The competition entries were assessed by an expert judging panel:

•Hattie Hartman, Sustainability Editor at The Architect’s Journal;
•Craig White, Founding Director of White Design;
•Malcolm Reading, Malcolm Reading Consultants and acting as the RIBA architecture adviser;
•Estelle Herszenhorn, Construction Project Manager at WRAP; and
•Dave Marsh, Construction Project Manager at WRAP.
Estelle Herszenhorn, Construction Project Manager at WRAP comments: “The response to this new competition demonstrates a growing recognition amongst some architects and designers of the relevance that resource efficiency and waste reduction has for them and their clients. Pohkit Goh’s design addressed standard sizing of some components in combination with other features such as pre-fabricated modules, planned for flexible use; the process-led design submitted by Buro Happold Ltd systematically identified project-specific solutions to the Designing our Waste Principles; and Battle McCarthy Ltd’s entry showed an innovative approach to creating a structural shell, with efficient use of materials being the premise of the design concept.”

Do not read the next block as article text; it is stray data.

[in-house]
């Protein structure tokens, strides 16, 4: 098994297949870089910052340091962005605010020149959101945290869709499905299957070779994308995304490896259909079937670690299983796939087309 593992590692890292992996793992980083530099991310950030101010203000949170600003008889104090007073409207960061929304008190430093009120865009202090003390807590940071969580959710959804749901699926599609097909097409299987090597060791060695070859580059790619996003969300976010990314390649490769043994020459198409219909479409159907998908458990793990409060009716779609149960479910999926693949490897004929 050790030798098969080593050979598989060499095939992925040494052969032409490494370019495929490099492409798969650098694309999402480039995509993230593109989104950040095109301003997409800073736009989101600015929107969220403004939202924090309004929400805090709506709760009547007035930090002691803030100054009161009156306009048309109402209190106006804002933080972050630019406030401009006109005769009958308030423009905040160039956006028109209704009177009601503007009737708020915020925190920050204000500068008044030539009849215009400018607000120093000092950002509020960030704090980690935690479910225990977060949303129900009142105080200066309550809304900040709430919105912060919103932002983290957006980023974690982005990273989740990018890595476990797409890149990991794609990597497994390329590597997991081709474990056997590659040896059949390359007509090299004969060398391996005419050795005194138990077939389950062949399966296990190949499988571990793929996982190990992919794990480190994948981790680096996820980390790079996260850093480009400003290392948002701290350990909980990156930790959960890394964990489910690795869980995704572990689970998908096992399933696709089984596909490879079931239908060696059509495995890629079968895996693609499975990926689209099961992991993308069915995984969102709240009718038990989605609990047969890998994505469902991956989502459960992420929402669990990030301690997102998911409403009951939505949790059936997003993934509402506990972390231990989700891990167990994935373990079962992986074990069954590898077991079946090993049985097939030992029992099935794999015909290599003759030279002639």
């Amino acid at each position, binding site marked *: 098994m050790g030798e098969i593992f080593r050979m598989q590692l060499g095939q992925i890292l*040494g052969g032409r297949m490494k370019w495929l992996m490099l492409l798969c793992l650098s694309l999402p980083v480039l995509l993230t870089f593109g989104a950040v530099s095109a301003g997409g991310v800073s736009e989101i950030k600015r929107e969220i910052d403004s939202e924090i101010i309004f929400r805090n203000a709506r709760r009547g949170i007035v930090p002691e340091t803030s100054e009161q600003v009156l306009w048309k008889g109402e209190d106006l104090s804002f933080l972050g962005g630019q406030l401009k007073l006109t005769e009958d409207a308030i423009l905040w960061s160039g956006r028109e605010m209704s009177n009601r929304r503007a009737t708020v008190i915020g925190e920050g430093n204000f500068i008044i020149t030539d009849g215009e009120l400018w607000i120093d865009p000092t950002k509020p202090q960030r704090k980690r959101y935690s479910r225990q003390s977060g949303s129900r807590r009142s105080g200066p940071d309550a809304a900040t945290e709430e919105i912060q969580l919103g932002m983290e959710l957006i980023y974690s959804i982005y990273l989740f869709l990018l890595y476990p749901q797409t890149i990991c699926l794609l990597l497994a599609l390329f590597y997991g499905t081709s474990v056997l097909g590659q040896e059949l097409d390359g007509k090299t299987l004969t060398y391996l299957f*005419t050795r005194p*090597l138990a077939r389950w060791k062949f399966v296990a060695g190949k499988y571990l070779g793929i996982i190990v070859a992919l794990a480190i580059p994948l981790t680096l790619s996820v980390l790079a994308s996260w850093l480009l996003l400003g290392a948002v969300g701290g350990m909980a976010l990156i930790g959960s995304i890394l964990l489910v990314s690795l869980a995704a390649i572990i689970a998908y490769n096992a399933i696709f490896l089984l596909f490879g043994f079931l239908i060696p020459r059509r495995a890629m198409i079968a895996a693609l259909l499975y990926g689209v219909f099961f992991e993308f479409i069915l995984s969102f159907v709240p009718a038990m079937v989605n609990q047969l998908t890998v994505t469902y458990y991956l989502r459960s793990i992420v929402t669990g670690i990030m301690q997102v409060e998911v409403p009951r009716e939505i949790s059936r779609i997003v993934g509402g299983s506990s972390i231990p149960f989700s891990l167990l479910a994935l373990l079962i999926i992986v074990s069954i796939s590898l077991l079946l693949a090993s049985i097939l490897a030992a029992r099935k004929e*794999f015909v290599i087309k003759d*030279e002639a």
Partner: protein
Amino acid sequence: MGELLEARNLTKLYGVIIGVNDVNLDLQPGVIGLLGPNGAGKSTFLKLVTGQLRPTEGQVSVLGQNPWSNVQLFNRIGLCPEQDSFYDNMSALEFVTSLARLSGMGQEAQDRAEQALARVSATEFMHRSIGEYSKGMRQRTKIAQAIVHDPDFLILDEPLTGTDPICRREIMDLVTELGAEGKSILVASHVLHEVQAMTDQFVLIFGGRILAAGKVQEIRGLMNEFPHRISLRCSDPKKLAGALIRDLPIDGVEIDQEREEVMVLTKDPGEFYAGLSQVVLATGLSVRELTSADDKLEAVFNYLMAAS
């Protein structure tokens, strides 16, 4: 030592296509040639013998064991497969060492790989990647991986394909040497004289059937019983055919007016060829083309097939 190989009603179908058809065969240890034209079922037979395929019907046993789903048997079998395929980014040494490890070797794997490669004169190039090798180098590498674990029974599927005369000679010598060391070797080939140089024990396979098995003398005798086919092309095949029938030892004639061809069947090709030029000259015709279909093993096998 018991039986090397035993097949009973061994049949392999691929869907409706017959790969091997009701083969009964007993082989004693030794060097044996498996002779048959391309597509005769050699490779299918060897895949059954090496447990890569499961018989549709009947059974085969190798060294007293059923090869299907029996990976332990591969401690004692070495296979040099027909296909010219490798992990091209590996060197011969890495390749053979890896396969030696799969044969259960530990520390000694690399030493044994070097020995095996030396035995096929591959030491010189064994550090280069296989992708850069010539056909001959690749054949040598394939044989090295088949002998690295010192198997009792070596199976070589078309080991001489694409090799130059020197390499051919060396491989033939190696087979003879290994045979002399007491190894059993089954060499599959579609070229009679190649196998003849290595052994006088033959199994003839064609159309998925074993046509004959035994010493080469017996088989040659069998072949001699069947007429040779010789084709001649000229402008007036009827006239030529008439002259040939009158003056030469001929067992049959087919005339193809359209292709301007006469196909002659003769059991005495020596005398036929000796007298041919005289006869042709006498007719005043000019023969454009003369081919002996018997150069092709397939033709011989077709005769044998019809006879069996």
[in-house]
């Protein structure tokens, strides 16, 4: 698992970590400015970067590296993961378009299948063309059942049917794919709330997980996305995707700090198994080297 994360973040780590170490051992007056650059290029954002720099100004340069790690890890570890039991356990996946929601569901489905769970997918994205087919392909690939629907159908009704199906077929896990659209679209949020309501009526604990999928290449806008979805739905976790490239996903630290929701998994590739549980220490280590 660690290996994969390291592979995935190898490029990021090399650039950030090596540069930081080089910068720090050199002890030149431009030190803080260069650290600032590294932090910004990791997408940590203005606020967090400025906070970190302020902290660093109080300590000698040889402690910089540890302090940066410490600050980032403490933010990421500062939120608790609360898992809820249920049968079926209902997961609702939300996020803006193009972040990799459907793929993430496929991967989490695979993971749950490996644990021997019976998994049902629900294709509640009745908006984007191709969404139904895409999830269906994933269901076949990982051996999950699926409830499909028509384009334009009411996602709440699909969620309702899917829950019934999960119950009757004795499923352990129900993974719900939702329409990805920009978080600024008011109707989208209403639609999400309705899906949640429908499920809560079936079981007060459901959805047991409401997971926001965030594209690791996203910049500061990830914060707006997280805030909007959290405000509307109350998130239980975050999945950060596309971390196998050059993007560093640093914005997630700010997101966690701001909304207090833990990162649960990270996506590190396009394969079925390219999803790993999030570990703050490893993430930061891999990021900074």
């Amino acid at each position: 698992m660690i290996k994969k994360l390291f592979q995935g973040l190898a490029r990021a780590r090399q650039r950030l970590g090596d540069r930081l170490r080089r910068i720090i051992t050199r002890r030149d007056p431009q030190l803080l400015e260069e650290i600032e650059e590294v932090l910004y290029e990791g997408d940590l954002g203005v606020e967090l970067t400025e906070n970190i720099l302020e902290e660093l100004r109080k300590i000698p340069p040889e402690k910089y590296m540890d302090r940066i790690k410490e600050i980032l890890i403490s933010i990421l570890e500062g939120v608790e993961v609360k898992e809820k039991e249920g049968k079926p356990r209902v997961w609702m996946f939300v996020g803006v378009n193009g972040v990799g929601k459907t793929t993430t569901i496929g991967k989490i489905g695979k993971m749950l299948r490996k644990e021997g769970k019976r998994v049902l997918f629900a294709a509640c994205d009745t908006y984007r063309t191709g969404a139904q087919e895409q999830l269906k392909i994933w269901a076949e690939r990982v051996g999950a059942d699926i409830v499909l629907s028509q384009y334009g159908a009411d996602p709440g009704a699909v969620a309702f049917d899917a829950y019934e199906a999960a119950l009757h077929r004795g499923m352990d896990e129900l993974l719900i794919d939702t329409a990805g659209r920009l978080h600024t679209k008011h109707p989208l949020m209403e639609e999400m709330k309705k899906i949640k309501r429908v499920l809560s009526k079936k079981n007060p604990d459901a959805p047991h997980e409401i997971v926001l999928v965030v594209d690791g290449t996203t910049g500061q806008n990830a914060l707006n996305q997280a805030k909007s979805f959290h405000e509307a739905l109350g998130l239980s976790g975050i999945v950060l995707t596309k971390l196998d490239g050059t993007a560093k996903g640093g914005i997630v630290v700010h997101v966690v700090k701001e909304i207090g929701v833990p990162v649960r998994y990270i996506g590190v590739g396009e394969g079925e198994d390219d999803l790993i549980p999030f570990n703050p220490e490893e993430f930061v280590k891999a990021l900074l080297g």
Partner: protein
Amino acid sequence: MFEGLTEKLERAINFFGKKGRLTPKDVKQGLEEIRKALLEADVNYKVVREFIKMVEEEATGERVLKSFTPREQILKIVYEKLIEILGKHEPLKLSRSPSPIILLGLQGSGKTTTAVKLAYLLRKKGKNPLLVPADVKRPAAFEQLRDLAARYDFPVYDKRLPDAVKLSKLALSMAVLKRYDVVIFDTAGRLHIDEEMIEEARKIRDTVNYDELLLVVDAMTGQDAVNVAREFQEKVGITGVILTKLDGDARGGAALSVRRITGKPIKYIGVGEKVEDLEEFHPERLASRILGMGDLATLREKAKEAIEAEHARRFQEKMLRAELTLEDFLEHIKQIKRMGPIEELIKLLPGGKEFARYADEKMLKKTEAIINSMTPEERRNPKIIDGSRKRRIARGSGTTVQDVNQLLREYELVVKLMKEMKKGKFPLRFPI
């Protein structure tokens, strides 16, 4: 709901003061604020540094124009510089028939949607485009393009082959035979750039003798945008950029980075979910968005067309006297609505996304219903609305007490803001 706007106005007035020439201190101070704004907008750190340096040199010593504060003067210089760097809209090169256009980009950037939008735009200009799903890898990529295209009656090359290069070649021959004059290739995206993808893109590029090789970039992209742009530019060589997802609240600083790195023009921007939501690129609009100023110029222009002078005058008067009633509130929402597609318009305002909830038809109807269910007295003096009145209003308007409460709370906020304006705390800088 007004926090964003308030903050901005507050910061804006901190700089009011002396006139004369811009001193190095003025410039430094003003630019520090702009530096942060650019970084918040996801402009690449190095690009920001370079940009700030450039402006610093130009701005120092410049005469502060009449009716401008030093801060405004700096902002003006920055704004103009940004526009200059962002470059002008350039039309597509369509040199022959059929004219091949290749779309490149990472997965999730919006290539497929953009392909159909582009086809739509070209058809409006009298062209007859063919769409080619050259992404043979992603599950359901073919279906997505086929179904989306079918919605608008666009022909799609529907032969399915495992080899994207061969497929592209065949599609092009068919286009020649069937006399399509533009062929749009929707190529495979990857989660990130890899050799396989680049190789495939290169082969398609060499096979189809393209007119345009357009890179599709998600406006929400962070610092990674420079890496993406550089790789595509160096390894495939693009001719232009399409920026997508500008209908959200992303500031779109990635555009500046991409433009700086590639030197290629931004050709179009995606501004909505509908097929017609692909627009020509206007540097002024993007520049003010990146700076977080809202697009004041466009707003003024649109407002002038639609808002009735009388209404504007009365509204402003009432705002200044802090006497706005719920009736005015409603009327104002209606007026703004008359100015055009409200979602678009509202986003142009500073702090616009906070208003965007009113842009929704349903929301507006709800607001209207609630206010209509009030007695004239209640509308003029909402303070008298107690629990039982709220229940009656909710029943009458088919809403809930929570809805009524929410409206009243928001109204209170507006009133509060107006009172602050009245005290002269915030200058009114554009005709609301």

Malcolm Reading, Chair of the Jury, comments: “The amount of waste sent to landfill on construction projects is directly related to the quality of thinking at design stage. As an industry we are being challenged to reduce waste by 50%. WRAP’s competition asked architects to explore how design could help achieve this. The submissions showed a variety of approaches and some interesting ideas but overall we struggled to find evidence of joined-up thinking. These are early days for a subject that traditionally has been seen as a contractor’s problem but the competition revealed that design can be a powerful tool in bringing a focus on this issue and we hope the profession will want to learn more.”

The ideas generated in the entries will be incorporated into case study resources available on the WRAP website for clients, contractors and other designers to share best practice.